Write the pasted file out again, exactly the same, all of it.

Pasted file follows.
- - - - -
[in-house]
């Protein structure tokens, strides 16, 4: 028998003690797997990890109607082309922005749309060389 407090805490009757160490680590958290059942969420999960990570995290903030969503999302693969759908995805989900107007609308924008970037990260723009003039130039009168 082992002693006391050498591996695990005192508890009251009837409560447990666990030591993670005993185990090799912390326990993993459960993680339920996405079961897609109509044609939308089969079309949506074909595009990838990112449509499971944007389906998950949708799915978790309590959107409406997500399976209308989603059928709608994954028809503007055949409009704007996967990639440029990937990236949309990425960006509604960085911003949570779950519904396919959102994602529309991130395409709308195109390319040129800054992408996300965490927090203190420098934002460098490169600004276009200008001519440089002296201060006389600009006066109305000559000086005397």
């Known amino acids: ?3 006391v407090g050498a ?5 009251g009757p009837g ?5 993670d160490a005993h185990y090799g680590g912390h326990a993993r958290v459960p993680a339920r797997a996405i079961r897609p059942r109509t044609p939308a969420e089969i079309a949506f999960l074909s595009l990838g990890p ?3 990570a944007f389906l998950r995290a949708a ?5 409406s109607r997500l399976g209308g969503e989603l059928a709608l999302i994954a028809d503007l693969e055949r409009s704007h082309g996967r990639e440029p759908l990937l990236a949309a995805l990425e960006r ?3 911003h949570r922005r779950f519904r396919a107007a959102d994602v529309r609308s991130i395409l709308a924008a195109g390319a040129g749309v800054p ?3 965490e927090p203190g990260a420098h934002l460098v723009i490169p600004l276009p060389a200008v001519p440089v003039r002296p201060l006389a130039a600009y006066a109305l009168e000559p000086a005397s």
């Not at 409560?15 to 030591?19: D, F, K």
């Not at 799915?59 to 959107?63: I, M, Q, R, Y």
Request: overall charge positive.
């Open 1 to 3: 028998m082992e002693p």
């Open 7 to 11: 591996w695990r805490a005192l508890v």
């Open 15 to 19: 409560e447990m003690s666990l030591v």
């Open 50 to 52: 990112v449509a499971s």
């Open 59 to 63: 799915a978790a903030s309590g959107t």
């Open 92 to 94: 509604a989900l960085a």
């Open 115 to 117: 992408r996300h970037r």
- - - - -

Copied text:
[in-house]
């Protein structure tokens, strides 16, 4: 028998003690797997990890109607082309922005749309060389 407090805490009757160490680590958290059942969420999960990570995290903030969503999302693969759908995805989900107007609308924008970037990260723009003039130039009168 082992002693006391050498591996695990005192508890009251009837409560447990666990030591993670005993185990090799912390326990993993459960993680339920996405079961897609109509044609939308089969079309949506074909595009990838990112449509499971944007389906998950949708799915978790309590959107409406997500399976209308989603059928709608994954028809503007055949409009704007996967990639440029990937990236949309990425960006509604960085911003949570779950519904396919959102994602529309991130395409709308195109390319040129800054992408996300965490927090203190420098934002460098490169600004276009200008001519440089002296201060006389600009006066109305000559000086005397």
């Known amino acids: ?3 006391v407090g050498a ?5 009251g009757p009837g ?5 993670d160490a005993h185990y090799g680590g912390h326990a993993r958290v459960p993680a339920r797997a996405i079961r897609p059942r109509t044609p939308a969420e089969i079309a949506f999960l074909s595009l990838g990890p ?3 990570a944007f389906l998950r995290a949708a ?5 409406s109607r997500l399976g209308g969503e989603l059928a709608l999302i994954a028809d503007l693969e055949r409009s704007h082309g996967r990639e440029p759908l990937l990236a949309a995805l990425e960006r ?3 911003h949570r922005r779950f519904r396919a107007a959102d994602v529309r609308s991130i395409l709308a924008a195109g390319a040129g749309v800054p ?3 965490e927090p203190g990260a420098h934002l460098v723009i490169p600004l276009p060389a200008v001519p440089v003039r002296p201060l006389a130039a600009y006066a109305l009168e000559p000086a005397s």
């Not at 409560?15 to 030591?19: D, F, K």
């Not at 799915?59 to 959107?63: I, M, Q, R, Y």
Request: overall charge positive.
């Open 1 to 3: 028998m082992e002693p």
């Open 7 to 11: 591996w695990r805490a005192l508890v």
């Open 15 to 19: 409560e447990m003690s666990l030591v």
């Open 50 to 52: 990112v449509a499971s």
């Open 59 to 63: 799915a978790a903030s309590g959107t």
């Open 92 to 94: 509604a989900l960085a």
């Open 115 to 117: 992408r996300h970037r």